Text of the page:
Bridgestone V02 slick test

//Bridgestone V02 slick test

Bridgestone V02 slick test

This information is posted to help all riders around the world get the best out of these new tires and as a result be a lot safer through knowledge rather than blind experimentation. Please share the URL page link to this page to help others.

 

 

June 2nd, Thunderhill Raceway Park: ambient 90F and track temp 106F

 

2013 Aprilia RSV4R SE

Fork height +10mm, preload 6 turns in, rebound 16 clicks out, compression 8 clicks out

Shock height +4mm, preload 5 threads showing, compression 5 clicks out, rebound 8 clicks out

Electronics: sport mode, ATC (traction) 3, AWC (wheelie) 2, ALC (launch) 2, ABS 1

Tire warmers on high for 30 minutes reading 150F, 32psi hot and 26psi hot off the warmers

 

The all new V02 slicks with MotoGP carcass innovation (advanced belt construction technology) looks immediately different to the V01 in roll profile. The feel of the carcass is also completely different on the grip surface of the tire compared to the V01 in regards to flex and to me it felt slightly stiffer but more importantly slower to react to pressure/weight changes from my hand pushing on the center and sides of the tire. Always good to feel a tire before it gets mounted! This resistance indicated to me that the tire shape would not instantly deform under hard acceleration and that should equate to 2 things:- excellent drive grip and accurate corner exits.

V02 soft front and V02 medium rear.

I had R10’s on the RSV4R Factory from the last track day for chassis dial in and used them to get the geometry I was looking for at Laguna Seca. With a different track, that geometry would be wrong so with new tires and completely different circumferences may as well get a 2 for 1. The initial scrub in laps gave a very different feel indeed from the R10’s in terms of tire peak feel, turn initiation, side contact patch and side to side transitions. Geometry was close but not right, but I needed to really get to know these tires first before making any decisions on chassis changes.

The one thing that stuck out in my mind immediately was the ease in getting to the edge of the tire and the secure feeling it gave me. Normally on warm up/scrub laps I’ll explore lean angles but in this case there was no desire to do so. I went straight to my knee right away.

Tire Temps: 165F front (35psi hot) and 175F rear (26psi hot)

The tire temps gave me a hint that all was not well as Session 2 was going to be about trail braking and driving hard out of corners. I was concerned that the rear was under inflated and the front over inflated BUT that was just an educated guess. Again, no chassis changes until the tires requested that be done from wear patterns.

Session 2 was used to get more familiarization with the roll profile of the tires in turn initiation, line correction and acceleration with ever quicker lap times. My brain needed the time to recalibrate as the R10 is a much softer carcass. Entry speed rose and it was very apparent that the initiation of a turn was certainly a little more controlled than the R10, and that is something I like. The roll to the edge of the tire was very easy indeed and there was no acceleration from the profile in getting to the edge of the tire. That gives a very secure feeling for me (versus the 125 V profile tire that gets to the edge very quickly). A little more bar pressure and the turn in sped up so there’s a nice blend here between the V and more round front tires that Bridgestone offer. Bad line selection? The bike responded immediately and with calmness which inspires confidence. Drive grip? Oh my, there’s an absurd amount of drive grip between this tire and the R10 with the RSV4 ejecting from the corner into the fast sections of the track.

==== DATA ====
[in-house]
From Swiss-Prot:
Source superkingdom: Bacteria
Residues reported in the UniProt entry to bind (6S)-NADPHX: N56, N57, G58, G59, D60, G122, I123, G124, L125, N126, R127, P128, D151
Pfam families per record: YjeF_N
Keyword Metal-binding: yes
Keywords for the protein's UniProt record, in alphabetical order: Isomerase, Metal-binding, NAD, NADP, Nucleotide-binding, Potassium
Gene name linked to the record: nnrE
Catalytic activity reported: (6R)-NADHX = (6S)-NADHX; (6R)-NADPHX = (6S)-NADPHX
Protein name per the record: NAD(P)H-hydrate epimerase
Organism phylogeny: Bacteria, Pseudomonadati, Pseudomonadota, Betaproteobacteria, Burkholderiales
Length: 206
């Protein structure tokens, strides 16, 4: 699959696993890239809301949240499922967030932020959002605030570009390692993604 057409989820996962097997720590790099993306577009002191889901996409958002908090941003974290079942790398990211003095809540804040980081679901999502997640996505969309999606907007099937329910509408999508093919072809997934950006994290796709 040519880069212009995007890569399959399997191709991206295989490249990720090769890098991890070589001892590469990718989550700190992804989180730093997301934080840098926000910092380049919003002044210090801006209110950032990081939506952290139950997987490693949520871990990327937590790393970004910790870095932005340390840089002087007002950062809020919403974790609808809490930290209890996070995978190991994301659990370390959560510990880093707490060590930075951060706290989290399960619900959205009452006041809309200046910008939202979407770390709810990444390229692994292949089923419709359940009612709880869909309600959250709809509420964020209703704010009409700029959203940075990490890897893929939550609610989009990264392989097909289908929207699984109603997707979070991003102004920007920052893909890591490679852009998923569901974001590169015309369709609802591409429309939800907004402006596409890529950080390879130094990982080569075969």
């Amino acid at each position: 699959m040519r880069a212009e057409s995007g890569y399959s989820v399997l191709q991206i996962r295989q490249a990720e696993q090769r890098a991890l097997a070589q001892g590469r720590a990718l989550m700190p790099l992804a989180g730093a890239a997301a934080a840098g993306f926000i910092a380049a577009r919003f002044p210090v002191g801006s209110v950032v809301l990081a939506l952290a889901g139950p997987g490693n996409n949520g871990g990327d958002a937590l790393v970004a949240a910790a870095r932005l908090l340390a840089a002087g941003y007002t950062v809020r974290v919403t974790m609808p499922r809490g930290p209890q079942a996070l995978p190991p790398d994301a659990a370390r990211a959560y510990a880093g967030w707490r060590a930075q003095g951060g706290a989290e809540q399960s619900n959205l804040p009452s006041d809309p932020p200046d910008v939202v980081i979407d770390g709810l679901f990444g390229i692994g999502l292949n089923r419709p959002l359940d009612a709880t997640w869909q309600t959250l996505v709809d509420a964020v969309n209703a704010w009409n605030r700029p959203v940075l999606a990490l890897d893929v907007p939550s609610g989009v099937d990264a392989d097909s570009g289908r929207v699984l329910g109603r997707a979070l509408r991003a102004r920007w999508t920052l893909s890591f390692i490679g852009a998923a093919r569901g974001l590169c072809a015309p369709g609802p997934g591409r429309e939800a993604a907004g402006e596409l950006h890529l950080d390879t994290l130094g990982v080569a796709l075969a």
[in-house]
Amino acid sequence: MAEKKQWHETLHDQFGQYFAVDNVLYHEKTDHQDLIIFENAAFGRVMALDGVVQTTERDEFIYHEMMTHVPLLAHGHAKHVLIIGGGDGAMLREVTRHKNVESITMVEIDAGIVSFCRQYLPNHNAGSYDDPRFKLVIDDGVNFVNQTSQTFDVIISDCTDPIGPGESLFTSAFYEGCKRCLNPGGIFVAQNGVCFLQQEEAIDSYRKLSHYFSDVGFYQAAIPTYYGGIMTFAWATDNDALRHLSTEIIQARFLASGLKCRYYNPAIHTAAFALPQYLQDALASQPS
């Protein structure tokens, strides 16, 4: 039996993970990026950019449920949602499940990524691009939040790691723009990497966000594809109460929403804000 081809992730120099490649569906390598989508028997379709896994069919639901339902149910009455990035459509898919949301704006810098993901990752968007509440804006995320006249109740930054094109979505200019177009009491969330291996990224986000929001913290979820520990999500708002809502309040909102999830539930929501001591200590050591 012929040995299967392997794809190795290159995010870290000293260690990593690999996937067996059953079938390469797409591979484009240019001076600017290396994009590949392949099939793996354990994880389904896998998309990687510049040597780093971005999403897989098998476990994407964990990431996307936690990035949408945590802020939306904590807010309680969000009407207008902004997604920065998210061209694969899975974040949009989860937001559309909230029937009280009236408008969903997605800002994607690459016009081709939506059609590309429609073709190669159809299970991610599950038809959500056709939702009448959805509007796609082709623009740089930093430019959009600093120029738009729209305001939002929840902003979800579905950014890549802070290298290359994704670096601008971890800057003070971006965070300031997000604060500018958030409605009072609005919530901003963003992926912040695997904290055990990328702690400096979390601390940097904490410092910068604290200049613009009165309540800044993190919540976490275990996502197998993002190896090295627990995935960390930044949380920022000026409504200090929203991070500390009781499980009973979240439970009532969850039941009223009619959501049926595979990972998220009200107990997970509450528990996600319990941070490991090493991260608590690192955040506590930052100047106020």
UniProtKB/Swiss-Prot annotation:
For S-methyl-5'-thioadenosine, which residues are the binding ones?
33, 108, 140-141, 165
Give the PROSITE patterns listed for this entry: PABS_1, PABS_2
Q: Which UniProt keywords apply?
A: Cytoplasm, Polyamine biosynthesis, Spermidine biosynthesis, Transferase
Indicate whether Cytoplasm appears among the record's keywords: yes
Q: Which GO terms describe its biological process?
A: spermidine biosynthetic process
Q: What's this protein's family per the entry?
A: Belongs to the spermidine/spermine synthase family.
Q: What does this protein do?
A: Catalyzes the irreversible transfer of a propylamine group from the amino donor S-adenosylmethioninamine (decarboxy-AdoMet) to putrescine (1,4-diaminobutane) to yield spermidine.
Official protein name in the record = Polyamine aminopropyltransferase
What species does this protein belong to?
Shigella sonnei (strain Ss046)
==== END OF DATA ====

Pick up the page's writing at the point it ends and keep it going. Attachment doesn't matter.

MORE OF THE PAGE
Tire Temps: 165F front and 190F rear

The goal of Session 3 was to explore feel on the edge of the tires. I chose Turn 2 and Turn 14 for heavy trail braking and drive grip in Turns 6, 8 and 12. Tires were again 150F when I took the warmers off and the first few laps were dedicated in focus to trail braking. As the entry speed into the corners was raised, I could feel the edge of the tire gripping the track but not overly deforming sending me off line from an excessive profile degradation. That encouraged me to enter faster and brake harder. In so doing the Aprilia held its line and didn’t over or under steer at all. I was charging Turns 2 and 14 so that gave me all the information I needed to know. Switch to corner exit – this should be fun!

Turn 6 leads into the fastest section of track so turn in and apex point are critical to get the exit defined. Careful approaches and throttle timing gave me some lessons until I had the line set and then I could get to the throttle. In turn 6 the tire slid, gripped and flew off the corner. Turn 8 no slip, turn 12 not slip. I put that down to the chassis being already loaded from earlier acceleration/apex speed and lean so the carcass is already compressed into the track. No point staying out when you are getting slides, so back into the pit.

Tire Temps: 165F front and 211F rear

 

The front tire showed the faintest of geometry tears so I added 4.5 turns of preload and set fork compression to 5 clicks out. The carcass was still effectively cold so I took 1psi out on the warmers (34psi hot) just before heading onto the track.  The rear was clearly under inflated so I brought the hot pressure up to 27.5psi off the warmers from 26.

The good thing about slicks is you can see the rubber ball size (should be 2-3mm) and rubber aggregation on the edge of the tire. Classic visual that the tire is too hot with the rubber stringing itself together and lots of rubber balls 3-5mm in diameter.

 

With the revised tire pressure and fork settings, I went back out on the track, tires again at 150F off the warmers. The front felt stiff, non-compliant and introduced chatter on heavy trail braking which removed confidence. Change geometry, not settings! The front tire couldn’t care less and gripped the same as before and wear improved with the faint geometry tear gone. The rear was initially frightening out of Turn 6 as there was no slip at all and the bike drove so hard at Turn 7 that I couldn’t get my timing right for that corner. Yes, I’m glad I’m in Sport mode……..

Tire Temps: 175F front and 188F rear